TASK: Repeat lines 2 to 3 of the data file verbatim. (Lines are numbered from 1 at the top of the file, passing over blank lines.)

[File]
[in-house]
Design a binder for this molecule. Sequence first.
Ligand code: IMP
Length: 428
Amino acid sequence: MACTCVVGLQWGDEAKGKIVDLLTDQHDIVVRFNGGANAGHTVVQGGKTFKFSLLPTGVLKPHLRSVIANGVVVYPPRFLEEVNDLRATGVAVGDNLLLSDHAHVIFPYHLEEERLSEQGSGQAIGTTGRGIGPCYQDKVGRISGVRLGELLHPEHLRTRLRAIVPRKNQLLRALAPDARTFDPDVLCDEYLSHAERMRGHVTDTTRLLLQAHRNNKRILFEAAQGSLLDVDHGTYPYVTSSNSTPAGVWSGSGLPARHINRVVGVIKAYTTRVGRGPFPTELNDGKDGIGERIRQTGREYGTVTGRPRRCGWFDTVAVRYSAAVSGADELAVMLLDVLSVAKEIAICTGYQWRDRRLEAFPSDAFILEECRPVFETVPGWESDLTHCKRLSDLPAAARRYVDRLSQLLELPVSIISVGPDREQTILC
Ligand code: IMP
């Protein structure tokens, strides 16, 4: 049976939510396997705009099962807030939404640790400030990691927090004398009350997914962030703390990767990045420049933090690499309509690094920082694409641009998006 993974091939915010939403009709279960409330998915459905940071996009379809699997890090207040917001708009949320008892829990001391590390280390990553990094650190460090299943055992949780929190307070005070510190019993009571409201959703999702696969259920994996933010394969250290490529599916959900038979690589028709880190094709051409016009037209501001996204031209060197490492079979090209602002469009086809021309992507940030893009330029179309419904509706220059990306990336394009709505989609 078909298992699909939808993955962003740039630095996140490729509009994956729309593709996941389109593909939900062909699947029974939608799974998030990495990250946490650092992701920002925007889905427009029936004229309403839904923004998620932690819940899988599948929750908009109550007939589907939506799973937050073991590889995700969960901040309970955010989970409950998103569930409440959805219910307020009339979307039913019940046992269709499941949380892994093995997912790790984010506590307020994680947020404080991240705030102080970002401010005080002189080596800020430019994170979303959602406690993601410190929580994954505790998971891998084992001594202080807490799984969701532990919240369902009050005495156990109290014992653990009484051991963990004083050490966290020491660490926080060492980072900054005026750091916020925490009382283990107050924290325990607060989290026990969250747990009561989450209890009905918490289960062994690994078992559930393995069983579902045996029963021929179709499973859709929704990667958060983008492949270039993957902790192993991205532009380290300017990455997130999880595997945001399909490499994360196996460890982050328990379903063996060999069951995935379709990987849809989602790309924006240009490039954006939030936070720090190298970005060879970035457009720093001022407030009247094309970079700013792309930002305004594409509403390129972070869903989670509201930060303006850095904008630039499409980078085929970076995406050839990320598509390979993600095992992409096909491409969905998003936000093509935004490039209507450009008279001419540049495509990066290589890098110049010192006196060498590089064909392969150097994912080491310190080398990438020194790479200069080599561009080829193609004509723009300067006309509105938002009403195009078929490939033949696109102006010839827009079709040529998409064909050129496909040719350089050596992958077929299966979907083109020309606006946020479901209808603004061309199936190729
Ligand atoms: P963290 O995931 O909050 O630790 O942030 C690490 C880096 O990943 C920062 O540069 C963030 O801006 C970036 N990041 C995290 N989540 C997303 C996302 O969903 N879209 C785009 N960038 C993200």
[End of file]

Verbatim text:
Design a binder for this molecule. Sequence first.
Ligand code: IMP